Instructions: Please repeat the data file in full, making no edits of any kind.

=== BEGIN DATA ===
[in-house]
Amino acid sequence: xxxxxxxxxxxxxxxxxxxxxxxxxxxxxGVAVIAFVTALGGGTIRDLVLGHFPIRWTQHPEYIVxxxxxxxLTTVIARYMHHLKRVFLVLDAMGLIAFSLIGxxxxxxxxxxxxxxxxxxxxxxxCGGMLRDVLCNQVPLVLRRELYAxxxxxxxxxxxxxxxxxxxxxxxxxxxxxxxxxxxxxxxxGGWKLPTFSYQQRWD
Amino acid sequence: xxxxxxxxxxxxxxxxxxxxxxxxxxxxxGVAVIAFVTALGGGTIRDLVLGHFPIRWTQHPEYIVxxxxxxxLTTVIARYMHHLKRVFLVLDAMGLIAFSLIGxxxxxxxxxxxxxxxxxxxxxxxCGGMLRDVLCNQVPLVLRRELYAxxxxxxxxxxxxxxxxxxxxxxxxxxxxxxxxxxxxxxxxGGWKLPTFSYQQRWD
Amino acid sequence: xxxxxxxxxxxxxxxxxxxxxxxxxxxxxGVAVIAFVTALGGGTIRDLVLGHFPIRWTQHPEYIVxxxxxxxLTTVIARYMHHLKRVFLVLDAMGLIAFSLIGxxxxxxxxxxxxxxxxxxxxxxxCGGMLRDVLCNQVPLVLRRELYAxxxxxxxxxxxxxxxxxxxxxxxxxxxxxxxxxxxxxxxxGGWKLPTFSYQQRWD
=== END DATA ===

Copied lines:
[in-house]
Amino acid sequence: xxxxxxxxxxxxxxxxxxxxxxxxxxxxxGVAVIAFVTALGGGTIRDLVLGHFPIRWTQHPEYIVxxxxxxxLTTVIARYMHHLKRVFLVLDAMGLIAFSLIGxxxxxxxxxxxxxxxxxxxxxxxCGGMLRDVLCNQVPLVLRRELYAxxxxxxxxxxxxxxxxxxxxxxxxxxxxxxxxxxxxxxxxGGWKLPTFSYQQRWD
Amino acid sequence: xxxxxxxxxxxxxxxxxxxxxxxxxxxxxGVAVIAFVTALGGGTIRDLVLGHFPIRWTQHPEYIVxxxxxxxLTTVIARYMHHLKRVFLVLDAMGLIAFSLIGxxxxxxxxxxxxxxxxxxxxxxxCGGMLRDVLCNQVPLVLRRELYAxxxxxxxxxxxxxxxxxxxxxxxxxxxxxxxxxxxxxxxxGGWKLPTFSYQQRWD
Amino acid sequence: xxxxxxxxxxxxxxxxxxxxxxxxxxxxxGVAVIAFVTALGGGTIRDLVLGHFPIRWTQHPEYIVxxxxxxxLTTVIARYMHHLKRVFLVLDAMGLIAFSLIGxxxxxxxxxxxxxxxxxxxxxxxCGGMLRDVLCNQVPLVLRRELYAxxxxxxxxxxxxxxxxxxxxxxxxxxxxxxxxxxxxxxxxGGWKLPTFSYQQRWD